Community and Social Services Tabletop with Ready North

Two people look over a piece of paper together
Four people sit around a large table. They look serious and thoughtful
About twelve people sit around a large square of tables, deep in conversation.

Local organizations participate in discussion, photos from Ready North

In February, Ecolibrium3 co-hosted an emergency preparedness tabletop exercise with Ready North. Ready North is a community-based network working on disaster resilience in the Northland, and Ecolibrium3 is a member of the network. This event was modeled on basic emergency preparedness exercises, but with an important difference: the main focus was on people, especially the most vulnerable folks in our community. 

A typical emergency preparedness exercise is held to plan for potential disasters such as extreme weather, widespread loss of power, large-scale health events, or unexpected damage to infrastructure like a collapsed bridge. First responders, aid organizations, and civil offices gather to share information and plan ahead for future emergencies. In these exercises, the conversation usually centers on how to get infrastructure and essential services back online and return to “business as usual.” 

Like these typical exercises, the recent event hosted by Ready North gathered community leaders to discuss potential emergencies in our community. But two main differences set this exercise apart. First, the guest list included people who work in community and nonprofit organizations; second, the goal of each scenario was not just to return to “business as usual,” but to explore how the effects of emergencies can be deeply felt for years after the event. 

The conversation started with participants visualizing different people their organizations serve. There are impacts that everyone will experience across the board, but the vulnerable populations experience different impacts, experiences, and challenges associated with their social, environmental, and economic statuses. Several vulnerable populations were identified in the scenarios. These included older adults, people with chronic health conditions, those experiencing homelessness, and people who rely on public transportation. Each population type will have different needs and concerns when disaster strikes. Participants were asked to consider the perspectives of these different groups in each scenario.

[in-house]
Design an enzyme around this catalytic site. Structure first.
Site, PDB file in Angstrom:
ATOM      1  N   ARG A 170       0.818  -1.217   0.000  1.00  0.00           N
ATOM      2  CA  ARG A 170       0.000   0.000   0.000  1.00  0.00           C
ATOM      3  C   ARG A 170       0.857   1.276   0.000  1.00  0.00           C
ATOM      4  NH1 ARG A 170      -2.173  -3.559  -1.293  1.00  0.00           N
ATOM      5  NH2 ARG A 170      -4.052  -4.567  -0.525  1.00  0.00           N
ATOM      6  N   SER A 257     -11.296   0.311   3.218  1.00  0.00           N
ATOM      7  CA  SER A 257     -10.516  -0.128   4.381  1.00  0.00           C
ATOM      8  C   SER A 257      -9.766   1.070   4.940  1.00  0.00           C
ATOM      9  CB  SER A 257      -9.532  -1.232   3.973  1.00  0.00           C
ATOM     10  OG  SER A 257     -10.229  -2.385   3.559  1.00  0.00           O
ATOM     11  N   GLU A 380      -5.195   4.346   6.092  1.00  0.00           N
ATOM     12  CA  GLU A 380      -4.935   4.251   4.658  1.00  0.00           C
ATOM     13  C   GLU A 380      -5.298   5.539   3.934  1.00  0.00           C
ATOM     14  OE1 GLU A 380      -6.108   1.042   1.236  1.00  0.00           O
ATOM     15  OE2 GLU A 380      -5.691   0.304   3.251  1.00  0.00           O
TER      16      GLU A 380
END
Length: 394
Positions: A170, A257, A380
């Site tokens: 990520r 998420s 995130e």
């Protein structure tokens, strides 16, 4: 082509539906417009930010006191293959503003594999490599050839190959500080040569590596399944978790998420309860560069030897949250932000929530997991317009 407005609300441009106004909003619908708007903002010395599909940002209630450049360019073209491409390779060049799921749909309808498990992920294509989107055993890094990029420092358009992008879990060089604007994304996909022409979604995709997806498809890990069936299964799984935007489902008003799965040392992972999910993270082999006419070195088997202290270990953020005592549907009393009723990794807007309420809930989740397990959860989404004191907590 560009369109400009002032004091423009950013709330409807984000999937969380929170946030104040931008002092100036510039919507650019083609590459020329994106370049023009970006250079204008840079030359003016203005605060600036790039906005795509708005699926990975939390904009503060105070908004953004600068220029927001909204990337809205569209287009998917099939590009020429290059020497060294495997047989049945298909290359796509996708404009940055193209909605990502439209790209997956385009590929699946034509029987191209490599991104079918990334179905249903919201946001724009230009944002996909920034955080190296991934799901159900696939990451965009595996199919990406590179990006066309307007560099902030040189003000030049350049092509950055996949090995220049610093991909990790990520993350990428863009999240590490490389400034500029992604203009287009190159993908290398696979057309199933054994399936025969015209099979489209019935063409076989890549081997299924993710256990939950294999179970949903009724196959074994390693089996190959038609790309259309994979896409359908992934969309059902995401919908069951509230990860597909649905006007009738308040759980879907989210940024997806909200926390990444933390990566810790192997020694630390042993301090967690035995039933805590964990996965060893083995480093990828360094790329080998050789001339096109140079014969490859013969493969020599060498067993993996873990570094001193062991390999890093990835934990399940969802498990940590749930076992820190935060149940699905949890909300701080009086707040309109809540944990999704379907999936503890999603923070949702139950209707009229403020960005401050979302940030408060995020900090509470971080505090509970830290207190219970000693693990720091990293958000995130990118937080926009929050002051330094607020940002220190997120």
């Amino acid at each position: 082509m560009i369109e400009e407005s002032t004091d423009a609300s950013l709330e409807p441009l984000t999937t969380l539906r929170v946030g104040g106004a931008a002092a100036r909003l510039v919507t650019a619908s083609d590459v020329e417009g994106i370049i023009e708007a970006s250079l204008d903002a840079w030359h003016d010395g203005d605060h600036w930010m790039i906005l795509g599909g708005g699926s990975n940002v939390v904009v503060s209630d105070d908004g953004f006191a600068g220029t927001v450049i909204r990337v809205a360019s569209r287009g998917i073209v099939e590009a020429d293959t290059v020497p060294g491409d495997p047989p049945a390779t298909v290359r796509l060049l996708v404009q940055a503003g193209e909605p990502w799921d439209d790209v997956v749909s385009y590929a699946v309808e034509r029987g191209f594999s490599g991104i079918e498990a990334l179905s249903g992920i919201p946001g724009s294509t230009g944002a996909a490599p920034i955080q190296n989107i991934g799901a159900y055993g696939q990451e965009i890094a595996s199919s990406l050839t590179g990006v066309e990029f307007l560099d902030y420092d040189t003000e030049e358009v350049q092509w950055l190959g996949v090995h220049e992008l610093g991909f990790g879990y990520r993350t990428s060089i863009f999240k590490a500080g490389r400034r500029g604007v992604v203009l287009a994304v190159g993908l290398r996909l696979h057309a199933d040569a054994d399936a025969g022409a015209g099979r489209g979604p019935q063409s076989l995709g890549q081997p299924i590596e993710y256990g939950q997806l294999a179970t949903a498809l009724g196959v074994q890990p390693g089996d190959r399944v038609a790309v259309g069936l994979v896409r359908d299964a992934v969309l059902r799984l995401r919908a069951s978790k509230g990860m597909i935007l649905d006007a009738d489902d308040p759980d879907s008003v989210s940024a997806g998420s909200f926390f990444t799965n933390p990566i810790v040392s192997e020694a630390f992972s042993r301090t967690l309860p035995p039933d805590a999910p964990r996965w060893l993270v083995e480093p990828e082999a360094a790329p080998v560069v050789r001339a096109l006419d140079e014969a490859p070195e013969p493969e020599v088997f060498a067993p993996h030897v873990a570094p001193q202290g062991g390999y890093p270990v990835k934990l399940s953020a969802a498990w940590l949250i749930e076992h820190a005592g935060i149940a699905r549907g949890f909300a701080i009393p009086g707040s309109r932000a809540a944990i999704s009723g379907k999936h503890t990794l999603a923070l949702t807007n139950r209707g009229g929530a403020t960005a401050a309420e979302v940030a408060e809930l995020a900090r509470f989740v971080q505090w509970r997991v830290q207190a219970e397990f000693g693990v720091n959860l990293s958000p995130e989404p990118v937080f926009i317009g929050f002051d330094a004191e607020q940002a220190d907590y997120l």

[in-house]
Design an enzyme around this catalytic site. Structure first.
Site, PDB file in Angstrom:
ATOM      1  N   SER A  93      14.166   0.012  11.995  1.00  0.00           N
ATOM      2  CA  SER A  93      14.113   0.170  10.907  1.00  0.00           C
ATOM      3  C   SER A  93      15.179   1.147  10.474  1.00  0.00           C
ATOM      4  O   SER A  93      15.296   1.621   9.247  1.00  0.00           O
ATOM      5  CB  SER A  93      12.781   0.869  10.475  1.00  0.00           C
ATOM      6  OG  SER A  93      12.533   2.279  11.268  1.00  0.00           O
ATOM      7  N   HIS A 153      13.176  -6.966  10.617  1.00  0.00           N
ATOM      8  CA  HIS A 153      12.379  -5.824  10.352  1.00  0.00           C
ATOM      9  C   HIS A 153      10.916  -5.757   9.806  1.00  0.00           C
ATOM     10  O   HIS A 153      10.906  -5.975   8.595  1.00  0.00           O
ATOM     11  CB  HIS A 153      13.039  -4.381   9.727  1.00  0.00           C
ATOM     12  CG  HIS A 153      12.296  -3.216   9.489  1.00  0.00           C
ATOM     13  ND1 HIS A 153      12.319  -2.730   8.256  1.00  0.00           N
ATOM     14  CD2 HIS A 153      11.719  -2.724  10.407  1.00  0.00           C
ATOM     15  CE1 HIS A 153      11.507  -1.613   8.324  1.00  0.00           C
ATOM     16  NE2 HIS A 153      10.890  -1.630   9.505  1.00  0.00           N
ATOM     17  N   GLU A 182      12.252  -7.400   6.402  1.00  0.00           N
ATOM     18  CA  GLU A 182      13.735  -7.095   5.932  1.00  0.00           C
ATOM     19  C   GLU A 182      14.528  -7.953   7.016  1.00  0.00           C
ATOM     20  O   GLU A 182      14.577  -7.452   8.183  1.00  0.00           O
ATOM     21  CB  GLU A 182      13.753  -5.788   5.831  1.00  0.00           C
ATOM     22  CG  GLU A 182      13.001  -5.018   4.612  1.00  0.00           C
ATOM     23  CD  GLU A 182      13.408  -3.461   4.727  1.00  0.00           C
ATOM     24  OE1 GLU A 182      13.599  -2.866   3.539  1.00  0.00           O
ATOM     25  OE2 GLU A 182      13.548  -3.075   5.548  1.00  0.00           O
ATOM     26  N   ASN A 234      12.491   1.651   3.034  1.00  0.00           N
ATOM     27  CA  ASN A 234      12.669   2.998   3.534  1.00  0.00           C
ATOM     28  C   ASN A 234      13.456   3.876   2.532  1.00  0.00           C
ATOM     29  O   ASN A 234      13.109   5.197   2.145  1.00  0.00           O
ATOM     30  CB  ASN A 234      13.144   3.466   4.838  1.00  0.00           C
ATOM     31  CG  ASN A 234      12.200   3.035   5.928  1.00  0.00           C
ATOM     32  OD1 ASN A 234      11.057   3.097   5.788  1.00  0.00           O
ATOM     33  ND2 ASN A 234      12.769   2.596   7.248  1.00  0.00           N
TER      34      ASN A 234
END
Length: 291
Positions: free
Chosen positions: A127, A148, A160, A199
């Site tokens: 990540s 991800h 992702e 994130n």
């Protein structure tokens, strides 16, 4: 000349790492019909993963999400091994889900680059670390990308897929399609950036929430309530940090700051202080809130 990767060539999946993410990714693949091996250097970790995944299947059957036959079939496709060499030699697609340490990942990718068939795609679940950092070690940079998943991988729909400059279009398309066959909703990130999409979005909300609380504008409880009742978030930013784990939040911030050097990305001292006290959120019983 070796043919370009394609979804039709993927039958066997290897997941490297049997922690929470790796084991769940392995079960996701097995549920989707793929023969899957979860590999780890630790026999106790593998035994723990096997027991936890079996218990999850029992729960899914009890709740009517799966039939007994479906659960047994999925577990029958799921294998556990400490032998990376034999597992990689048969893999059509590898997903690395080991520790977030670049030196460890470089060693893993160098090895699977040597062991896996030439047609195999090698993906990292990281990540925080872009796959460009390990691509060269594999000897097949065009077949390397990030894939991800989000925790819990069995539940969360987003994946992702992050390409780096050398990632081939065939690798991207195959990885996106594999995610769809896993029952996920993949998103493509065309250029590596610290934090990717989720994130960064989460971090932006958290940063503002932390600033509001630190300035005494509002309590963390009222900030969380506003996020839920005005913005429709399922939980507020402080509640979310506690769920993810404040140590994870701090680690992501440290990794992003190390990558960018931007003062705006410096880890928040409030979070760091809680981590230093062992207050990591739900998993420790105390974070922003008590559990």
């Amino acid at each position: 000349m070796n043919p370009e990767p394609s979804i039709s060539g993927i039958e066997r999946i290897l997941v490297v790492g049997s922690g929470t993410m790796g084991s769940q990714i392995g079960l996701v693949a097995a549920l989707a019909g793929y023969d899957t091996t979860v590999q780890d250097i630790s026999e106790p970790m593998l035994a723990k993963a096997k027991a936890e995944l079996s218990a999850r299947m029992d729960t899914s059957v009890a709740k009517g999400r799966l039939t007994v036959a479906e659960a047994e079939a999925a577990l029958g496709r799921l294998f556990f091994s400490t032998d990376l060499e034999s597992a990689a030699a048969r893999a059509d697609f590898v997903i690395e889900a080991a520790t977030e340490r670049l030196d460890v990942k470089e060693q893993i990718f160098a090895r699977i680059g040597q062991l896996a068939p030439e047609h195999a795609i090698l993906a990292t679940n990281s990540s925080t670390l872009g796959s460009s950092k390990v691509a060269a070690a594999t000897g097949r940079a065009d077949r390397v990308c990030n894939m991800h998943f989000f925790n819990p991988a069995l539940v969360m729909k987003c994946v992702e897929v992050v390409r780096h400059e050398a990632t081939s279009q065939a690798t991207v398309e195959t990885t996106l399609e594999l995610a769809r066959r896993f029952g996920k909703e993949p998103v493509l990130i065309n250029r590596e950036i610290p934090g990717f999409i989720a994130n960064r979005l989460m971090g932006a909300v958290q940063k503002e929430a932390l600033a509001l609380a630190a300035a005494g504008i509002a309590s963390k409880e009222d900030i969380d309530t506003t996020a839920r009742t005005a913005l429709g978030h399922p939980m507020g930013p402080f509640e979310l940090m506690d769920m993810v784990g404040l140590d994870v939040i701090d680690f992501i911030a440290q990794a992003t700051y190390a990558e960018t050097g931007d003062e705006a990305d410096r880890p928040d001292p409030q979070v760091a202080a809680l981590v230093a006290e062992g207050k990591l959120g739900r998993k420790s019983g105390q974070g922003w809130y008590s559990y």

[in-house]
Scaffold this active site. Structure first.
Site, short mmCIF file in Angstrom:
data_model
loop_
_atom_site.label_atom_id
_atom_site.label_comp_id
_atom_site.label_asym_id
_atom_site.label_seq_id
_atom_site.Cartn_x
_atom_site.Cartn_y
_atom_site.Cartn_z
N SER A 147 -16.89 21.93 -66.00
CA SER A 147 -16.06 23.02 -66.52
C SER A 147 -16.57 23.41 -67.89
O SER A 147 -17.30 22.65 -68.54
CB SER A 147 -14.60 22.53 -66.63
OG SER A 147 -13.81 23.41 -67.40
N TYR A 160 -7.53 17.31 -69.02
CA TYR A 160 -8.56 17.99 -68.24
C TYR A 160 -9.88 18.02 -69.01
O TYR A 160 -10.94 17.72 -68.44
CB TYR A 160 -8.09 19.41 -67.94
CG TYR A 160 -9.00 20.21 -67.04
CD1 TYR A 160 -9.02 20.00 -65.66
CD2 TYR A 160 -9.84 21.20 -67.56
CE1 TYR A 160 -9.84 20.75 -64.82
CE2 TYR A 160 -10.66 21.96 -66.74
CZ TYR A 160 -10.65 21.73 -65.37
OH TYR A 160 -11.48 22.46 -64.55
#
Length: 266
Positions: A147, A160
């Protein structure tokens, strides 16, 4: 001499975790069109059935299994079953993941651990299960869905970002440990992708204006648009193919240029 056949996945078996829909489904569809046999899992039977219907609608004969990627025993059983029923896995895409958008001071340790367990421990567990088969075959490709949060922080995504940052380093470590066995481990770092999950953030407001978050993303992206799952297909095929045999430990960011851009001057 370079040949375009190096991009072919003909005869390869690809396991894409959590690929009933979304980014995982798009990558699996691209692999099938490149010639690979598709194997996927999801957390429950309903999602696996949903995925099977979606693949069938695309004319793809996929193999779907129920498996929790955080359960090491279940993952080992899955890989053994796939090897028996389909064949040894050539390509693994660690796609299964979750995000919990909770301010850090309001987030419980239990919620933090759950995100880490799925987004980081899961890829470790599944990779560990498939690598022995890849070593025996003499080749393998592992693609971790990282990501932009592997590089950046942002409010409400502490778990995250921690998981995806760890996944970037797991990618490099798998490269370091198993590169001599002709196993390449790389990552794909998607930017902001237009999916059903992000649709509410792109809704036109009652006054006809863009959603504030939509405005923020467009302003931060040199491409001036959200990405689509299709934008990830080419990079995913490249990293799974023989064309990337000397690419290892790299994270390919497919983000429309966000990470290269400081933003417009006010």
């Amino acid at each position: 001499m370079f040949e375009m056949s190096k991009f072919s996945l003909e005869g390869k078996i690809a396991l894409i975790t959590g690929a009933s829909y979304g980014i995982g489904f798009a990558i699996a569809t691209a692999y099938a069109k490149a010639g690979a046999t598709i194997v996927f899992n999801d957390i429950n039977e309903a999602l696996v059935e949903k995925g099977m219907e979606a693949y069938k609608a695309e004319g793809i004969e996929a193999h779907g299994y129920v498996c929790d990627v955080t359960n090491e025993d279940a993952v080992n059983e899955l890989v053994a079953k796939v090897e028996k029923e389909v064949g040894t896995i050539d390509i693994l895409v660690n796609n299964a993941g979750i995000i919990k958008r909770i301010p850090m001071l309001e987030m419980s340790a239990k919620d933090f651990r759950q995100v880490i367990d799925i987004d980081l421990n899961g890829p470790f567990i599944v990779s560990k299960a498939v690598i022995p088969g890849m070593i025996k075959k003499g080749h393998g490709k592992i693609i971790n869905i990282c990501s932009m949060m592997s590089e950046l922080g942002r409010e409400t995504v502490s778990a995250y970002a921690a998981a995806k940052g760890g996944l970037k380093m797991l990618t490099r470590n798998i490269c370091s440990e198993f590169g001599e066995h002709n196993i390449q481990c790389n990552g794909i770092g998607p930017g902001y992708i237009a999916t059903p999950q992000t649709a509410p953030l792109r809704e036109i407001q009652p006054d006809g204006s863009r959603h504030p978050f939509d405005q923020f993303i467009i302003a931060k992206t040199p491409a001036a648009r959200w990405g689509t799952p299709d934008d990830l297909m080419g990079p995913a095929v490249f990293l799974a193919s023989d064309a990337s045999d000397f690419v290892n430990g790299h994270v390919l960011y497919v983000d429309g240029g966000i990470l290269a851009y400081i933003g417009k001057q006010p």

The two disaster scenarios given were a summer flood with high heat and a winter snowstorm. Both scenarios included loss of power and unsafe road conditions. Participants shared how the people their organizations serve would be affected by these events. These included: older adults who rely on meal deliveries might run out of food; the loss of power might affect people relying on medical equipment to stay alive; workers with low wages might not be able to make rent if they miss work due to flooded streets; dozens of families will need to seek alternative childcare options so they can return to work or school if a daycare center closes. In each of these cases, participants had unique insights to share based on their past experiences working with different groups of people and getting to know their specific challenges. 

Throughout all these conversations, participants kept returning to two main points: in times of emergency, those who are most vulnerable will suffer the most; and, recovery from a disaster takes a long time for any community. Drawing on past examples, such as the 2012 flood and the COVID-19 pandemic, participants explained that some people are still trying to recover from loss of income, damaged property, or worsened health. Several people gave examples of the ripple effects of an emergency, such as loss of income or widespread evictions. Participants shared examples of how their organizations have found short and long term solutions in the past. 

Input from community organizations will be used to inform Ecolibrium3’s work with the City of Duluth on resilience planning. This work is funded in part by the Renewables Advancing Community Energy Resilience (RACER) Grant. The funding supports community research, studying the needs of our community and minimum resilience standards, as well as technical examinations of potential solar sites in our community. Learn more about the RACER grant and how our work is taking shape.